Imported Style Sheet is a sheet that can be imported to (combined with) another sheet. This allows creating one main sheet containing declarations that apply to the whole site and partial sheets containing declarations that apply to specific elements (or documents) that may require additional styling. By importing partial sheets to the main sheet a number of sources can be combined into one.
To import a style sheet or style sheets include the @import notation or notations in the STYLE element. The @import notations must come before any other declaration. If more than one sheet is imported they will cascade in order they are imported - the last imported sheet will override the next last; the next last will override the second last, and so on. If the imported style is in conflict with the rules declared in the main sheet then it will be overridden.
<LINK REL=STYLESHEET HREF="main.css" TYPE="text/css">
.... other statements
Style sheets are the way that standards-compliant Web designers define the layout, look-and-feel, and design of their pages. They are called Cascading Style Sheets or CSS. With style sheets, a designer can define many aspects of a Web page:
Style sheets give you a lot of power to define how your pages will look. And another great thing about them is that style sheets make it really easy to update your pages when you want to make a new design. Simply load in a new style sheet onto your pages and you're done.
Alternate Style Sheet is a sheet defining an alternate style to be used in place of style(s) declared as persistent and/or preferred .
Persistent style is a default style that applies when style sheets are enabled but can disabled in favor of an alternate style, e.g.:
<LINK REL=Stylesheet HREF="style.css" TYPE="text/css">
Preferred style is a default style that applies automatically and is declared by setting the TITLE attribute to the LINK element. There can only be one preferred style, e.g.:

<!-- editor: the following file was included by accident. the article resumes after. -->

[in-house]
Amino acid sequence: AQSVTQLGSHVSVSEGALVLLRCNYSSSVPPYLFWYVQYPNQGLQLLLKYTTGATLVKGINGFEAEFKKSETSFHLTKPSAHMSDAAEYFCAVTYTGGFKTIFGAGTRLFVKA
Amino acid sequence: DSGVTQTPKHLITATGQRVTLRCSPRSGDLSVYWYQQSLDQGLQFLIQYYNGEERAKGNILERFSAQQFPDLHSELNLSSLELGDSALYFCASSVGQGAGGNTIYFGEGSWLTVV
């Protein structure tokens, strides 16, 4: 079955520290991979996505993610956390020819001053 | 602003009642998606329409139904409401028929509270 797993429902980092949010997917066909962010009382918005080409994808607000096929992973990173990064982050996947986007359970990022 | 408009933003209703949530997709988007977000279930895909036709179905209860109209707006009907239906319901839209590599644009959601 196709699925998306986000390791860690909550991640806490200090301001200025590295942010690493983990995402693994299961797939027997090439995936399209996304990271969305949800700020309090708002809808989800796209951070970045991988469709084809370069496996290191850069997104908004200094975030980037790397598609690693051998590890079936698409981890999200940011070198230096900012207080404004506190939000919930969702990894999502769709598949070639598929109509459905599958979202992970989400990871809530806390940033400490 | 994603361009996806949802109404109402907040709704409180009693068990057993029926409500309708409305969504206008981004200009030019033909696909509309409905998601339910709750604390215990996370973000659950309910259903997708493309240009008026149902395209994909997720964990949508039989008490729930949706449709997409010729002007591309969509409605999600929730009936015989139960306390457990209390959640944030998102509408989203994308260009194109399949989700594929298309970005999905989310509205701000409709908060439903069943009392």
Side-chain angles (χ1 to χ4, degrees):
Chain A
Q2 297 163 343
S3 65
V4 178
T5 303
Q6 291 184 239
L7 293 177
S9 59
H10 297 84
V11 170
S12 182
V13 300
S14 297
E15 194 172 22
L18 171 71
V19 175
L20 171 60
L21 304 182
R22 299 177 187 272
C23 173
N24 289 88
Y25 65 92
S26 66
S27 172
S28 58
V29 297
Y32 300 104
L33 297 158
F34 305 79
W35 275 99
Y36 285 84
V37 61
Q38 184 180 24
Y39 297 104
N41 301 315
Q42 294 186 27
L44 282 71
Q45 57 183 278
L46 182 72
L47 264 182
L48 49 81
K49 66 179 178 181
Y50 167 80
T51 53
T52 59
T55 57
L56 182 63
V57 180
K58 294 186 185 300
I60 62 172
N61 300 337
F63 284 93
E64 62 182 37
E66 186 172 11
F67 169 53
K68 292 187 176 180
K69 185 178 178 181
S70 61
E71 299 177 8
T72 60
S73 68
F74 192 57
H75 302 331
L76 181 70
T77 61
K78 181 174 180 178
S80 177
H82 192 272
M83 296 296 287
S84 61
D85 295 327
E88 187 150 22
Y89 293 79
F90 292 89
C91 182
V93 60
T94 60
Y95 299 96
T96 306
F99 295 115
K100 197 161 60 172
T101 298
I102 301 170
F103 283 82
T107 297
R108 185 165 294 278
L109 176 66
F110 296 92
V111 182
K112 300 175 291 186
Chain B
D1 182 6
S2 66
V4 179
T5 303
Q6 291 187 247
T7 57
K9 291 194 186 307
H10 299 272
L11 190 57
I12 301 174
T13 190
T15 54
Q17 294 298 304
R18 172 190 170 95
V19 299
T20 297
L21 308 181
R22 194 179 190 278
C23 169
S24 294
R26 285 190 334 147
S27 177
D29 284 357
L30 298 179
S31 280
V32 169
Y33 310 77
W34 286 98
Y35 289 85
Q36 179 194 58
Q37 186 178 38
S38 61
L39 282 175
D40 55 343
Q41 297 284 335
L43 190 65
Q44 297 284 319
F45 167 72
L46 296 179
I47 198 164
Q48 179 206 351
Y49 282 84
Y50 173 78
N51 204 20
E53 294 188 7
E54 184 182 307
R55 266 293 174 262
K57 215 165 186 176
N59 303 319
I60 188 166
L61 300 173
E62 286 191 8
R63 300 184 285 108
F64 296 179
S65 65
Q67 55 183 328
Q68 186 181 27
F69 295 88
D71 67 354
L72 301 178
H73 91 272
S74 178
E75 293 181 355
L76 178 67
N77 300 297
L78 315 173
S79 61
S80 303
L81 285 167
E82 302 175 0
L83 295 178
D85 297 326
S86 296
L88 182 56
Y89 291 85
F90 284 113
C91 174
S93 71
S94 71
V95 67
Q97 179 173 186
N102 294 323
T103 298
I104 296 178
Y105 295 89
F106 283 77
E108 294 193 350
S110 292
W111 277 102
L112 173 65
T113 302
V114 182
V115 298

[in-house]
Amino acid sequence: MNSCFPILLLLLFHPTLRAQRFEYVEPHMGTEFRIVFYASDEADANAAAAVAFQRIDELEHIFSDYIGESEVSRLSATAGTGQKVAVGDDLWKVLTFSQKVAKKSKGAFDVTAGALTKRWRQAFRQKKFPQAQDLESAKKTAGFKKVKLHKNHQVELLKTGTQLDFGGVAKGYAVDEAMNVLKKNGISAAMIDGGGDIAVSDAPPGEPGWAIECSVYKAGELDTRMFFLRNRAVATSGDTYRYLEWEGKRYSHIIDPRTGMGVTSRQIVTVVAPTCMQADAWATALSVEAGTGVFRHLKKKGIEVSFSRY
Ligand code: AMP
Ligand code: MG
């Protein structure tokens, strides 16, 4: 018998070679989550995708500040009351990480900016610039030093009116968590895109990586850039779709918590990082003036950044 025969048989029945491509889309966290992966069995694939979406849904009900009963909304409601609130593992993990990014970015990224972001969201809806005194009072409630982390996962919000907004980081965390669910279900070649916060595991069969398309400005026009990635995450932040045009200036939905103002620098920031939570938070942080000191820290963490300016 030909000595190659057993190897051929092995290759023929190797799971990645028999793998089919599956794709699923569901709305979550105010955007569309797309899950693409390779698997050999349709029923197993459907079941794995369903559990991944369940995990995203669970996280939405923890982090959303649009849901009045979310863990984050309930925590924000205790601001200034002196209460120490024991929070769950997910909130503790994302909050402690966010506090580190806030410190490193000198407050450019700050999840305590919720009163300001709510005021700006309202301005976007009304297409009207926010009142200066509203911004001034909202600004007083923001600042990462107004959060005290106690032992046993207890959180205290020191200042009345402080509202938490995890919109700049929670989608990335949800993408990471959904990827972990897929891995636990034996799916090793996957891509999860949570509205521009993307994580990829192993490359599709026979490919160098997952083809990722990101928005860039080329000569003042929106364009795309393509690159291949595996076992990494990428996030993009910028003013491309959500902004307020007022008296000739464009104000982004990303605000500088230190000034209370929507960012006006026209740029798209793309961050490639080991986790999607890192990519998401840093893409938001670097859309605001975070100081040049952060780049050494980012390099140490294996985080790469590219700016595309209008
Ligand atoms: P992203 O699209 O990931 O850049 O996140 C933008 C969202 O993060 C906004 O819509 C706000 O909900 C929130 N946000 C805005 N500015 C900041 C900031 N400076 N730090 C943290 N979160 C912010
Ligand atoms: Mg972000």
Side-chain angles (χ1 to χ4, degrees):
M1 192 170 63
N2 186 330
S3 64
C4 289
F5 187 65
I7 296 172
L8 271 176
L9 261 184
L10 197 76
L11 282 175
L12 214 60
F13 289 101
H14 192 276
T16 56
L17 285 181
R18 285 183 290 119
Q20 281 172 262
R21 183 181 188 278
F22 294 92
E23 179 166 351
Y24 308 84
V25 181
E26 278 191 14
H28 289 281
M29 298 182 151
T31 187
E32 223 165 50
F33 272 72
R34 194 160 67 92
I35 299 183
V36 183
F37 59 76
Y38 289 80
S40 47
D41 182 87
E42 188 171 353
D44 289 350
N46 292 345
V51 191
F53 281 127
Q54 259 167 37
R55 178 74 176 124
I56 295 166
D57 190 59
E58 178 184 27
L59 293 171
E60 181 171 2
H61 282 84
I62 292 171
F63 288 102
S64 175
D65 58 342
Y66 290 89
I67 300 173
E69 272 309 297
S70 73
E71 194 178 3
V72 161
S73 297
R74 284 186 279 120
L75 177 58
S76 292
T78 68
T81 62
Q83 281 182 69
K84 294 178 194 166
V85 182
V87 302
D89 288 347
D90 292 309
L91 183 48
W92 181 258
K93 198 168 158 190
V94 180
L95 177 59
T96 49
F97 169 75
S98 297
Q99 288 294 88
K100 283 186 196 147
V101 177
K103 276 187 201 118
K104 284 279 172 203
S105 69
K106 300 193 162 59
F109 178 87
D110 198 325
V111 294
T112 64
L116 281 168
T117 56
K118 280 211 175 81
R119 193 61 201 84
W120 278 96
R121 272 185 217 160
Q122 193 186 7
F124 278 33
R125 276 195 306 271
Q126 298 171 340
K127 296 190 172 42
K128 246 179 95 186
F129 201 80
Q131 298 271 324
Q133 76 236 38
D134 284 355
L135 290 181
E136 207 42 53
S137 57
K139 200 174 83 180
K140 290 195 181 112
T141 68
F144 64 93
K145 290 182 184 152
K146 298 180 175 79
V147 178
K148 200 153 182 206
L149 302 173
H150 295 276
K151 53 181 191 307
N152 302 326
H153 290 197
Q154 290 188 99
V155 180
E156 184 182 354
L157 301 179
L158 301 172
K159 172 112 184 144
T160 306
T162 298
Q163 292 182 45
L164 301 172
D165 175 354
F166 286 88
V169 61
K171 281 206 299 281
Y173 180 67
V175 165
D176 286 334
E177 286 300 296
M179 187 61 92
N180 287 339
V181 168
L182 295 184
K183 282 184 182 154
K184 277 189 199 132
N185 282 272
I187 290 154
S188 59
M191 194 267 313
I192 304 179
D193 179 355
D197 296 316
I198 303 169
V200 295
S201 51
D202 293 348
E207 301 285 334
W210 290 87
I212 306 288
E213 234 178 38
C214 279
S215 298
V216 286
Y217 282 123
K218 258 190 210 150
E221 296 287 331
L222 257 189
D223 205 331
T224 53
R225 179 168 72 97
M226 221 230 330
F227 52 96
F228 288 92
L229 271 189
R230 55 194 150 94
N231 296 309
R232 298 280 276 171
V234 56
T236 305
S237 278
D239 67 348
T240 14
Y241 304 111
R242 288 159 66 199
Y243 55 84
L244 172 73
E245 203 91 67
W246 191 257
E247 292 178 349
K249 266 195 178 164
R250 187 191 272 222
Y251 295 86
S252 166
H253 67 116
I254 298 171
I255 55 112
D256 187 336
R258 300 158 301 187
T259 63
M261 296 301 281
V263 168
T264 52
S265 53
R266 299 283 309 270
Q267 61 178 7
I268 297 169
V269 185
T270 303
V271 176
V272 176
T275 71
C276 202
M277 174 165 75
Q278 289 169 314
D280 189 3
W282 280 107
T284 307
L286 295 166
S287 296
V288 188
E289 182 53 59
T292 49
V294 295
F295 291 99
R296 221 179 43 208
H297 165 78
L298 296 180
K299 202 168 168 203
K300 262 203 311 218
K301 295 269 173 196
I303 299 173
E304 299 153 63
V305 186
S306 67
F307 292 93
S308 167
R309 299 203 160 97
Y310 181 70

<LINK REL=Stylesheet HREF="style2.css" TYPE="text/css" TITLE="appropriate style description">
Alternate style gives an user the choice of selecting an alternative style - a very convenient way of specifying a media dependent style. Note: Each group of alternate styles must have unique TITLE, e.g.:
<LINK REL="Alternate Stylesheet" HREF="style3.css" TYPE="text/css" TITLE="appropriate style description" MEDIA=screen>
<LINK REL="Alternate Stylesheet" HREF="style4.css" TYPE="text/css" TITLE="appropriate style description" MEDIA=print>
Alternate stylesheet are not yet supported.
<!--[if gte IE 5]> <style type="text/css">
width:expression(documentElement.clientWidth < 780 ? (documentElement.clientWidth == 0 ? (body.clientWidth < 780 ? "780px" : "auto") : "780px") : "auto" );
As the property is non-standard, it won't validate with the W3C validator, so if we put it in the head like this (above) - in an IE conditional comment - the validator will ignore it and the page will get a clean bill of health.
It depends on your definition of "support." If you are interested in those browsers which makes some attempt at supporting CSS, no matter how partial or bug-ridden, then the list is:
* Internet Explorer 3.0 and above
* Navigator 4.0 and above
* Opera 3.6 and above
* XPublish by Media Design in·Progress
If instead you're interested in those browsers which are known to do a credible job of bug-free and mostly completel support for CSS1, then the list narrows somewhat dramatically:
* Internet Explorer 5.0 for Macintosh and above
* Internet Exporer 5.5 for Windows and above
* Netscape Navigator 6.0 and above
* Opera 4.0 and above
While none of these browser can be claimed to have a perfect implementation of CSS1, they are all quite good and can be relied upon to operate in a consistent fashion for most of CSS1.